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Re: [XP] Re: Stop crippling agile, back to basics

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  • Steven Gordon
    ... What I was trying to say was that: - Under agile, the success of the development team is the extent to which it helps the client meet its goals, even as
    Message 1 of 77 , Jun 21, 2010
      On Mon, Jun 21, 2010 at 11:27 AM, Chris <c-riesbeck@...> wrote:

      >
      >
      > I don't know that I've seen success defined as "the extent to which the
      > planned process is followed." That's tracked but that's not the definition
      > of success. I see success defined as the project is in-spec, on-budget, and
      > on-time.
      >
      > The problem is that the project isn't the real goal. There are only two
      > real goals: the client is happy because they see important needs being met
      > in cost-effective ways, and the software house is happy because the process
      > for achieving this is sustainable for both the developers and the
      > accountants.
      >
      > Project success, meaning in-spec, on-budget and on-time, is neither
      > necessary nor sufficient for achieving those two goals. We can all think of
      > counter-examples in both directions.
      >
      > Agile differs from planned processes in resisting the intermediate project
      > success goal, focusing instead on an ongoing relationship with the client
      > that maximizes the two real business goals.
      >

      What I was trying to say was that:
      - Under agile, the success of the development team is the extent to which it
      helps the client meet its goals, even as those goals change and evolve over
      time.
      - Under "planned", a target is defined up front and success is whether or
      not the development team hits that target, regardless of whether or not that
      turns out to be the right target at the end of the project. Last century, I
      contracted to far too many organizations where management simplified this
      criteria to how faithfully their plan was followed.


      >
      >


      [Non-text portions of this message have been removed]
    • Steven Gordon
      ... What I was trying to say was that: - Under agile, the success of the development team is the extent to which it helps the client meet its goals, even as
      Message 77 of 77 , Jun 21, 2010
        On Mon, Jun 21, 2010 at 11:27 AM, Chris <c-riesbeck@...> wrote:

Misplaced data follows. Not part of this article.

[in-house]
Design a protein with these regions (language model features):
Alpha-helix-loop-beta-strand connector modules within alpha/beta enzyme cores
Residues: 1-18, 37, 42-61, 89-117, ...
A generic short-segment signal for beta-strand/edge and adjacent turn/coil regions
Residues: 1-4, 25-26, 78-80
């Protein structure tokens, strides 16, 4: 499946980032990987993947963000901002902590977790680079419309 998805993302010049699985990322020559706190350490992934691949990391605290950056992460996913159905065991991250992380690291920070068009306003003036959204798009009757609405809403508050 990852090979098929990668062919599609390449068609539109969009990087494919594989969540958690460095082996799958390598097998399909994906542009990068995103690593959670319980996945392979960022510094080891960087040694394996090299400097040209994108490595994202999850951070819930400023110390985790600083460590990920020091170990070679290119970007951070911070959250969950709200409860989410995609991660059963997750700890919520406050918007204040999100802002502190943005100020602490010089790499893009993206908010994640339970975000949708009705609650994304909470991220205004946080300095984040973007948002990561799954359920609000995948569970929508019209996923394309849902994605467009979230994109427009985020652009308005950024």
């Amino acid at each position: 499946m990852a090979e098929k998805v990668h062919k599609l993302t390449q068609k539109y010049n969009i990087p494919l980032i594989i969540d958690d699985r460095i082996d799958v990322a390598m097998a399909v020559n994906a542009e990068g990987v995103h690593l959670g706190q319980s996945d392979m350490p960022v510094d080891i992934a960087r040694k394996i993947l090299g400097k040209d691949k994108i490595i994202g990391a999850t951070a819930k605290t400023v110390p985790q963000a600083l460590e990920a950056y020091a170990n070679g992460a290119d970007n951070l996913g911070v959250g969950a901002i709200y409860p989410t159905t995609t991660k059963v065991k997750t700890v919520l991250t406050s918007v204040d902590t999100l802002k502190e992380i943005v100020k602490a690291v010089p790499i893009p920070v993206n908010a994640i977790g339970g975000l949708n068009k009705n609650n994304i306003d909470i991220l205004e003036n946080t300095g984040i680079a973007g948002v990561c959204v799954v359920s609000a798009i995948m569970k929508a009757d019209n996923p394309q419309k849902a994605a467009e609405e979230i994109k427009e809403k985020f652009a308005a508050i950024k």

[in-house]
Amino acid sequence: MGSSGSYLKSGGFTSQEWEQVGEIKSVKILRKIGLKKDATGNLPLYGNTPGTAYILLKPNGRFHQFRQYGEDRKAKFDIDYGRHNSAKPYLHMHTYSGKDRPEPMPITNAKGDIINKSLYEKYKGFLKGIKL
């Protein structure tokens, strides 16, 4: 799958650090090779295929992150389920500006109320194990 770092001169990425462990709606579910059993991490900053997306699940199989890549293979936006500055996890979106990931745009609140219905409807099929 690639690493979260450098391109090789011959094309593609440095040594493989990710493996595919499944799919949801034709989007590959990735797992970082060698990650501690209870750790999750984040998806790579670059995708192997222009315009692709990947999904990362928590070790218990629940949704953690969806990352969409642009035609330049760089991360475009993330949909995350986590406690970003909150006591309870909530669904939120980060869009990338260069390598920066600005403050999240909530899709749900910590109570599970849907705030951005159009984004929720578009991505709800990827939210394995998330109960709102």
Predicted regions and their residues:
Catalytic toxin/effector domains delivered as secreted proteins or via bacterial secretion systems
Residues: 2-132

>
        >
        > I don't know that I've seen success defined as "the extent to which the
        > planned process is followed." That's tracked but that's not the definition
        > of success. I see success defined as the project is in-spec, on-budget, and
        > on-time.
        >
        > The problem is that the project isn't the real goal. There are only two
        > real goals: the client is happy because they see important needs being met
        > in cost-effective ways, and the software house is happy because the process
        > for achieving this is sustainable for both the developers and the
        > accountants.
        >
        > Project success, meaning in-spec, on-budget and on-time, is neither
        > necessary nor sufficient for achieving those two goals. We can all think of
        > counter-examples in both directions.
        >
        > Agile differs from planned processes in resisting the intermediate project
        > success goal, focusing instead on an ongoing relationship with the client
        > that maximizes the two real business goals.
        >

        What I was trying to say was that:
        - Under agile, the success of the development team is the extent to which it
        helps the client meet its goals, even as those goals change and evolve over
        time.
        - Under "planned", a target is defined up front and success is whether or
        not the development team hits that target, regardless of whether or not that
        turns out to be the right target at the end of the project. Last century, I
        contracted to far too many organizations where management simplified this
        criteria to how faithfully their plan was followed.


        >
        >


        [Non-text portions of this message have been removed]
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